• Personnel: Your team is a vital resource. It’s invaluable to delegate to employees so you have time to focus on mission-critical activities.

Divvy up duties. Assign trainers to lead online sessions. Put some in charge of updating individual clients. Your employees are valuable assets to deploy strategically.

Costs You Can Manage Right Now

  • Cancel non-investment costs: These produce no income and are not required to keep your business alive (premium versions of apps, software subscriptions, entertainment, etc.)
  • Apply for government aid: Assistance is available to help small businesses. Look into your options, starting with the Small Business Administration. Once you’ve taken steps to increase revenue like this, you can try to trim basic expenses.
  • Then, negotiate with people you pay: Talk with your vendors, suppliers, accountant and landlord to explore flexibility they might have. Try to meet in the middle somewhere.
  • Hold off on upgrades: That big piece of new equipment you’ve been wanting to buy? Delay purchases like this for now.

Amid all this uncertainty is great opportunity. More will be emerging that you might be able to see today. Keep your eyes open. Remember the guideposts and the principles that put them there.

ArticlesFor Business Owners
[ March 25, 2020 by Jay Croft 0 Comments ]

Why You Must Keep Marketing During the Crisis

In times of crisis, people seek leadership – whether in medicine, government or business. And now more than ever, your gym’s clients and prospects are counting on you to help them stay fit, which includes reminding and updating them about your services and expertise.

We’re not talking about dispensing medical advice or running for office.

We’re talking about marketing in a way that is helpful to your community and smart for your business.

Download free resources to help during the COVID-19 outbreak. We’ll keep updating with more information.

That means adjusting your services and offerings, yes. It also means communicating. It means marketing.

And that’s not only morally OK, it’s absolutely the right thing to do.

First, let’s address a misconception we’re hearing from some fitness professionals. We’ve been asked recently if it’s somehow unethical to promote your business and seek payment during the coronavirus crisis – as if the idea implies taking advantage.

It does not. You must continue marketing, which is a necessary business function – a “must have” rather than a “nice to have.” Don’t retreat into a limiting belief about your value out of a vaguely uncomfortable feeling. There is no ethical conflict in responsibly reminding people you can help them and providing a service in exchange for a reasonable fee.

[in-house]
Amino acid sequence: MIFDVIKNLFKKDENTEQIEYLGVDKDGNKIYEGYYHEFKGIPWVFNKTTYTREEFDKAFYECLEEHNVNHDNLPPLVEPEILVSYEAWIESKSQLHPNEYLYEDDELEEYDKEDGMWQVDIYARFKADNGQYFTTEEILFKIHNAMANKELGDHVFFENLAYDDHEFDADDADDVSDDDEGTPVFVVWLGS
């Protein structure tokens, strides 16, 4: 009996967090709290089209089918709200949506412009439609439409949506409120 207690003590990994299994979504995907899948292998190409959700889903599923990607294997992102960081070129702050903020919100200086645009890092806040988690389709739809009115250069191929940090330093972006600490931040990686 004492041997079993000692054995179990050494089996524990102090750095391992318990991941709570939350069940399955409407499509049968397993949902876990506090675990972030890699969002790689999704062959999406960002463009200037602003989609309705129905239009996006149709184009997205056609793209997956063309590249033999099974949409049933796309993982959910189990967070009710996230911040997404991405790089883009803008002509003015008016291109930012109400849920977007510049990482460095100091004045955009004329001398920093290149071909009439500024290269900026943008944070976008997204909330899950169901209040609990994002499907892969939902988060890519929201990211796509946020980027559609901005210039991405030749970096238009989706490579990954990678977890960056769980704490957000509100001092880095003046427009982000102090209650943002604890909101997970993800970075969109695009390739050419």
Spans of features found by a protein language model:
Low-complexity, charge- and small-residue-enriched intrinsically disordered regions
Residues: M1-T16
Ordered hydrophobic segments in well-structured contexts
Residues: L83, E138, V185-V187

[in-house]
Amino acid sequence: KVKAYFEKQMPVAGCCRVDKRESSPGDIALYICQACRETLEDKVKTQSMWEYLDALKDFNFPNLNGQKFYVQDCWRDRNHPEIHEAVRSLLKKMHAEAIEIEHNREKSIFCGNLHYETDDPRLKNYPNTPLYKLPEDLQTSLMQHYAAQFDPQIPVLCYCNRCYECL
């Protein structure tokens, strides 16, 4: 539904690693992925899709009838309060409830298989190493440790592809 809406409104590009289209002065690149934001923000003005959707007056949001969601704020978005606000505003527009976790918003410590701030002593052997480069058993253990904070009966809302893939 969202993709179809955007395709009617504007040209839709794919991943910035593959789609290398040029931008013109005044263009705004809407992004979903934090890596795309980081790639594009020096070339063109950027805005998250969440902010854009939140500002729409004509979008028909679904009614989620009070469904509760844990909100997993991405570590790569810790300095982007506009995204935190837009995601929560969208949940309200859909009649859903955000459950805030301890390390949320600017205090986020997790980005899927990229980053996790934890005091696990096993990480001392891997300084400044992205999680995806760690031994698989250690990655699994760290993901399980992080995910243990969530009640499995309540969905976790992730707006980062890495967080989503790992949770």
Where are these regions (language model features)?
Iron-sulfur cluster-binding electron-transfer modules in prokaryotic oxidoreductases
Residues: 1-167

Let’s clarify what’s OK by sharing an appalling example of what’s not: Price gouging of hand sanitizer or medical equipment during a public-health crisis. Would you even consider hoarding Purell and selling it at astronomically inflated prices to desperate neighbors? Of course not. Now, THAT is unethical.

Contrast that to staying in front of your clients and prospects, providing modified workouts or training online, sharing useful information and positive coaching, and – yes – doing so for money. Remember that your customers are counting on you to help solve a problem, and your employees are counting on you to stay in business.

Here are some actions you can be taking:

  • Keep your messages clear and helpful.
  • Pro-actively help your people transition with information and attentive customer service.
  • Reduce what you’re spending on ads to maintenance level.
  • Focus more on content marketing, which is much cheaper. That means posting on Facebook, sending more emails, and updating your website.
  • Explore high-demand joint ventures, like meal delivery.
  • Review our free, downloadable FAQs for help on pricing, delivering services, marketing and more.

Keep your eye on the future, too. What new opportunities will come out of this? What potential obstacles could you face? Where will your competitors be in a few months? The ones who disappear now will have the hardest time re-emerging.

Change is inevitable. But focus on elements of success that remain solid, like keeping your eyes open; caring for customers and team members; and sharing what you have to offer.

ArticlesFor Business Owners
[ March 18, 2020 by Jay Croft 0 Comments ]

Are You Ready for Virtual Training?

We’re all having to be flexible, creative and service-focused during the coronavirus crisis. The good news is, you’re not alone in figuring out how to proceed to protect your team, your clients and your business.

If you can’t deliver your services in person, then you need to be able to do so virtually. You can offer recorded training online, or set up live streaming sessions for individuals or groups.

But first, remember this: Don’t overthink it. Your clients know you’re in an unprecedented situation, and they won’t expect everything to be perfectly buttoned-up right away. You can always adjust, and you should. But right now, what they need from you is communications, support and – the reason they came to you in the first place – training!

We’ve gathered free resources to help during the COVID-19 outbreak. We’ll continually update it with more information.

When trying to decide what to include, keep in mind:

  • Your core offer 
  • The price point 
  • Base access and touchpoints off their current service level. For example: you may need to meet with a Personal Training Client weekly via Zoom vs. monthly for a Group Training Client.
  • Consider how you distribute the workload and among your staff.

We have identified three situations you might be in regarding all this, and we’ve developed guidance on steps for each of them.